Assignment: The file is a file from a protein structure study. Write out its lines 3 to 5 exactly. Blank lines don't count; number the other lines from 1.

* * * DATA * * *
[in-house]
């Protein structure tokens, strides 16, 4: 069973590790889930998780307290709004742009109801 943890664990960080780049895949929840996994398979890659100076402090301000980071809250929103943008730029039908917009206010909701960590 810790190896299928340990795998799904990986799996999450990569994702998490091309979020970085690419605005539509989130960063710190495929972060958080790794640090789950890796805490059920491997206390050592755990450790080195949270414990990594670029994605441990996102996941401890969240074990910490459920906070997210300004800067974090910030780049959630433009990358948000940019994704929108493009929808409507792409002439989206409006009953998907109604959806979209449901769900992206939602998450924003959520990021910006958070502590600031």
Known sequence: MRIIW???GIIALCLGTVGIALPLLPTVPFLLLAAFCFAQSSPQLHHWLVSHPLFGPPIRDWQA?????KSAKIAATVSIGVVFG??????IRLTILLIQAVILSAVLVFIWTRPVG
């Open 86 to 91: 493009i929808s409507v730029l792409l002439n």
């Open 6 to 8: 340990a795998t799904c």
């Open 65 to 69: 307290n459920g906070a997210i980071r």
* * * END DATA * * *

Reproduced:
Known sequence: MRIIW???GIIALCLGTVGIALPLLPTVPFLLLAAFCFAQSSPQLHHWLVSHPLFGPPIRDWQA?????KSAKIAATVSIGVVFG??????IRLTILLIQAVILSAVLVFIWTRPVG
């Open 86 to 91: 493009i929808s409507v730029l792409l002439n």
């Open 6 to 8: 340990a795998t799904c």